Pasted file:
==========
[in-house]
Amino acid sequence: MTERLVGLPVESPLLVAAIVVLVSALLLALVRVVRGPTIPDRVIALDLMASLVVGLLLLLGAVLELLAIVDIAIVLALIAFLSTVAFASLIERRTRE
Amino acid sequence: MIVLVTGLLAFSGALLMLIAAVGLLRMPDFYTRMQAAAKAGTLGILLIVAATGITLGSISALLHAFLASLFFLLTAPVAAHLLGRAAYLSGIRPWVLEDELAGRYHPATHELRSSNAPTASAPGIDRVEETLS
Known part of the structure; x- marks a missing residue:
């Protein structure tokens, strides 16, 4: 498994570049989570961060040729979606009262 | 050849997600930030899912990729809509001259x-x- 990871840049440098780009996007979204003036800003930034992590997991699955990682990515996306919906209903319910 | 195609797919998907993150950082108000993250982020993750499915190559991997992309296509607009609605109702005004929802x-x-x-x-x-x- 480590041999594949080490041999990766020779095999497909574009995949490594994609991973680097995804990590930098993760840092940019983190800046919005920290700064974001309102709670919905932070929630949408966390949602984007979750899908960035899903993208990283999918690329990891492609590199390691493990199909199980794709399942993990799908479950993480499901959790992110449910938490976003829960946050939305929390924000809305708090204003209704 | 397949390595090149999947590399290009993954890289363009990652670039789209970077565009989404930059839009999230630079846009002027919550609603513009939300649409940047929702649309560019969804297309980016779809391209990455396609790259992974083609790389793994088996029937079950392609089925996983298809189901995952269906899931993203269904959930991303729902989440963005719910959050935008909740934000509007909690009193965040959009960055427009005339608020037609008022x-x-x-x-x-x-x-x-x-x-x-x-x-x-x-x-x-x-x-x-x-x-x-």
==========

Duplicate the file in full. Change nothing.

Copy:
[in-house]
Amino acid sequence: MTERLVGLPVESPLLVAAIVVLVSALLLALVRVVRGPTIPDRVIALDLMASLVVGLLLLLGAVLELLAIVDIAIVLALIAFLSTVAFASLIERRTRE
Amino acid sequence: MIVLVTGLLAFSGALLMLIAAVGLLRMPDFYTRMQAAAKAGTLGILLIVAATGITLGSISALLHAFLASLFFLLTAPVAAHLLGRAAYLSGIRPWVLEDELAGRYHPATHELRSSNAPTASAPGIDRVEETLS
Known part of the structure; x- marks a missing residue:
């Protein structure tokens, strides 16, 4: 498994570049989570961060040729979606009262 | 050849997600930030899912990729809509001259x-x- 990871840049440098780009996007979204003036800003930034992590997991699955990682990515996306919906209903319910 | 195609797919998907993150950082108000993250982020993750499915190559991997992309296509607009609605109702005004929802x-x-x-x-x-x- 480590041999594949080490041999990766020779095999497909574009995949490594994609991973680097995804990590930098993760840092940019983190800046919005920290700064974001309102709670919905932070929630949408966390949602984007979750899908960035899903993208990283999918690329990891492609590199390691493990199909199980794709399942993990799908479950993480499901959790992110449910938490976003829960946050939305929390924000809305708090204003209704 | 397949390595090149999947590399290009993954890289363009990652670039789209970077565009989404930059839009999230630079846009002027919550609603513009939300649409940047929702649309560019969804297309980016779809391209990455396609790259992974083609790389793994088996029937079950392609089925996983298809189901995952269906899931993203269904959930991303729902989440963005719910959050935008909740934000509007909690009193965040959009960055427009005339608020037609008022x-x-x-x-x-x-x-x-x-x-x-x-x-x-x-x-x-x-x-x-x-x-x-």